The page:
He lost an October 1988 referendum to extend his term by seven years, so stepped down in 1990 in favour of Patricio Alwyn (president, 1990-94).”
Pinochet remained army commander until September 1998, thereafter becoming senator-for-life.
As you know, he was held under house arrest in the UK between October 1998 and March 2000.
This was – in my opinion – an abuse of process, as he did actually hand back democracy to Chile, and voluntarily stepped down as army chief.
Judge Garzon should have investigated generals under Spain’s Franco regime which ended in 1975.”
In Poland the transition from authoritarian communism to free market democracy was long, arduous, complex and gradual. In his interview with Bitar and Lowenthal, Polish President Aleksander Kwasniewski: (President of Poland 1995-2005) said: “You should have a strategy and a vision. The vision should be freedom, democracy, social justice and the rule of law.”
In Poland, the struggle began in 1970 and after 20 years, Solidarity candidates won overwhelmingly. Lech Walesa became President of a free democratic Poland from 1990-1995.
This monumental work explores the processes to end authoritarian regimes and introduce democracy. We must support these countries aspiring for democracy with soft intervention and help them to set goals such as ending poverty.
Some 5 years ago the so-called Arab Spring erupted. There was euphoria, challenges, failures, blood baths and refugees. Here, there are echoes of Koert Debeuf’s book “Inside the Arab Revolution” which analyses the challenges, frustrations and failure of the Arab spring.
Bitar and Lowenthal stressed that democracy cannot be imposed from outside. You must have strategic actors in the inside.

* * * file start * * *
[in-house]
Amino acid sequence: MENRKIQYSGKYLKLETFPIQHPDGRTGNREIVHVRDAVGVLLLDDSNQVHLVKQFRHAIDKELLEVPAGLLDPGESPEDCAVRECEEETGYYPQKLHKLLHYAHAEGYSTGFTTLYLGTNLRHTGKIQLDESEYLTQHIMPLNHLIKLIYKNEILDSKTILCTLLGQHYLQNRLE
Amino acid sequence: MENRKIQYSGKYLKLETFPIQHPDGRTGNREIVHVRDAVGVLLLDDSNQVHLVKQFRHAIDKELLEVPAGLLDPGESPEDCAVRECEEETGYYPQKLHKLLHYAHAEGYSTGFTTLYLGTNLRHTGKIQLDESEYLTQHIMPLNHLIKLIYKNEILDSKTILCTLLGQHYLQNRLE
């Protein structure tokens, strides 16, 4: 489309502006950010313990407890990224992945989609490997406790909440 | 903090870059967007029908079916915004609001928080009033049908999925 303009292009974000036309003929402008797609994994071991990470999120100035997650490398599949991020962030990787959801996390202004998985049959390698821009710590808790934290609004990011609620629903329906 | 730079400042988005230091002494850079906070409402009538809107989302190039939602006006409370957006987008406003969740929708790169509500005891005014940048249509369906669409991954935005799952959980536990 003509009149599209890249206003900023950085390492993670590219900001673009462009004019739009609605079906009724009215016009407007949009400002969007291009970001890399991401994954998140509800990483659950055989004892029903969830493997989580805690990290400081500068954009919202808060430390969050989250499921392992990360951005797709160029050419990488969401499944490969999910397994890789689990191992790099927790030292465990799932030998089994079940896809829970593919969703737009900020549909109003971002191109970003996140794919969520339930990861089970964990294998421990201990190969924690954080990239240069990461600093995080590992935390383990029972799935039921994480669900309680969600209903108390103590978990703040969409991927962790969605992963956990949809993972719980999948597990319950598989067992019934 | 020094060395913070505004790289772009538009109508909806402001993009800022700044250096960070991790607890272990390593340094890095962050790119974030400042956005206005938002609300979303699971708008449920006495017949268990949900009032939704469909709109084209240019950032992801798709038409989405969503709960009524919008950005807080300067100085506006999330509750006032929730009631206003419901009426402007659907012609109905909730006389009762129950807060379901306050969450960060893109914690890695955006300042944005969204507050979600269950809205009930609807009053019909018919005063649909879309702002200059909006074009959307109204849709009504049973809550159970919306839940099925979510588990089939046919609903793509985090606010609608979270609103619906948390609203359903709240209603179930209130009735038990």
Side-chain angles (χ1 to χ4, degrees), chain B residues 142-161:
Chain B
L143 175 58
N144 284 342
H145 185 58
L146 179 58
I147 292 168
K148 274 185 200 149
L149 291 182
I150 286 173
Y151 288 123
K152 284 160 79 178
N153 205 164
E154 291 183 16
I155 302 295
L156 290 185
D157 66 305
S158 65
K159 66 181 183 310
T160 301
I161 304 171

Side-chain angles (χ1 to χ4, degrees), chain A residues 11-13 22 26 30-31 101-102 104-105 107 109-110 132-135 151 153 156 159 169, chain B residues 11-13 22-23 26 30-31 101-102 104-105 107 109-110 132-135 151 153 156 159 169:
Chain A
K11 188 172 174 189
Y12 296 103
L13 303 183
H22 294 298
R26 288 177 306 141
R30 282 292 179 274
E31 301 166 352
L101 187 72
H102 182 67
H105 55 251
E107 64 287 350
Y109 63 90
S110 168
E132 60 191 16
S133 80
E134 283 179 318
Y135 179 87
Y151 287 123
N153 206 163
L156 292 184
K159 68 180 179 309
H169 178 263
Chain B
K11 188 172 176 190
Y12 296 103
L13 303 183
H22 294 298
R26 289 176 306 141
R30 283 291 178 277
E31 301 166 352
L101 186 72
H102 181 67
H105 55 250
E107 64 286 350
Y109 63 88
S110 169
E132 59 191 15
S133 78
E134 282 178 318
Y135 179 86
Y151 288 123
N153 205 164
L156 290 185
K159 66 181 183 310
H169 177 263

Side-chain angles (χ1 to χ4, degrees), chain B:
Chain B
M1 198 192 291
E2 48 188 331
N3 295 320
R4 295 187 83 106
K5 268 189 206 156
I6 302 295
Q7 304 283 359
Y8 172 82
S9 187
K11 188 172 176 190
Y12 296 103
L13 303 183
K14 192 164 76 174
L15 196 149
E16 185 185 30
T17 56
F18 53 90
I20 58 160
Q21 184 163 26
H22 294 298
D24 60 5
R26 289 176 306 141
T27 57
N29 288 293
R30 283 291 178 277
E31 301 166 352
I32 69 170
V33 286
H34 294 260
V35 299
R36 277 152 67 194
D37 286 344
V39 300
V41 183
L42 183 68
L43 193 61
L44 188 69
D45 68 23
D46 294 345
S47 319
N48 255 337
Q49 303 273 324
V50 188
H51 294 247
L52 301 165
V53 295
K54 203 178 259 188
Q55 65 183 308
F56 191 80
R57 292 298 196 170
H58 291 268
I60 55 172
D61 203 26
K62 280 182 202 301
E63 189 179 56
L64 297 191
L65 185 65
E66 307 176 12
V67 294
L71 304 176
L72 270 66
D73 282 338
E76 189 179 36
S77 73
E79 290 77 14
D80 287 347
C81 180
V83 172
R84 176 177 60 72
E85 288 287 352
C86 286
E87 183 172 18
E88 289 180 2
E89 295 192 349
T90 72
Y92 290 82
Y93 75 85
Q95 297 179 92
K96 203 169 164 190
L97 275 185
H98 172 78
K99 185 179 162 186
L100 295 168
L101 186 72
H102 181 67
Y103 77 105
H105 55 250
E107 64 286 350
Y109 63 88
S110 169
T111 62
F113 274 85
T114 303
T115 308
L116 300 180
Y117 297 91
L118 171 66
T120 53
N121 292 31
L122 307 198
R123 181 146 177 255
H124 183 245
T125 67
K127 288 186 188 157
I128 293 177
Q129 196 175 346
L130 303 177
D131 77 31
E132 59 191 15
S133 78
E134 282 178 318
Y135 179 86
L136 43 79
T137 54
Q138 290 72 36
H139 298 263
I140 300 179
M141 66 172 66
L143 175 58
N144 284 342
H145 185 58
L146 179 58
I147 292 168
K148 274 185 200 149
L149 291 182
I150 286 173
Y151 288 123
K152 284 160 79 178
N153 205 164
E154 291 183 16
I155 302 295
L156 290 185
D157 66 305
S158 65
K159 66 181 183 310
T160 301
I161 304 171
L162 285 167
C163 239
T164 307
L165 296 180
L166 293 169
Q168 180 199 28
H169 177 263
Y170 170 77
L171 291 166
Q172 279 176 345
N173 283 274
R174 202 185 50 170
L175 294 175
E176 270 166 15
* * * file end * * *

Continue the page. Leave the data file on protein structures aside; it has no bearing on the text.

Lessons and recommendations which are common to most countries seeking freedom and democracy include the need to move incrementally, build a hopeful vision by focusing on important issues and solutions. Initiating dialogue and agreement to build a constitution are vital to achieving a stable democracy. An essential component of the democratic process is the creation of political parties and linking them to social movements. Issues such as transitional justice, truth and reconciliation, role of women and mobilisation of social movements are essential for ending authoritarian regimes.
No women leaders were interviewed for this book, but chapter 10 by Georgina Waylen focuses on women activists in democratic transitions.
Getting rid of a dictatorship may be the easy part of a transition, but achieving a stable and successful democracy is very hard indeed.
Some might find the book ‘heavy reading’ in the sense that the book is demanding and requires a lot of thought and concentration. It’s a complex book, rich in details and anecdotes which you will not easily find elsewhere. The book can be slow to get through. Having said that, it is a worthwhile rewarding read and a treasure of rare and fascinating information.
This great book makes a huge contribution to the subject of democracy, freedoms and human rights. The book should be valuable for political leaders, civil society activists, journalists, scholars, and all who want to support democratic transitions.
“Democratic Transitions” is one of the most important books I have read and reviewed in recent years.
Published by Johns Hopkins University Press
Sergio Bitar, president of Chile’s Foundation for Democracy, is a political leader and public intellectual. Abraham F. Lowenthal, Professor emeritus of the University of Southern California, was the founding director of the Inter-American Dialogue and the Wilson Centre’s Latin American Program.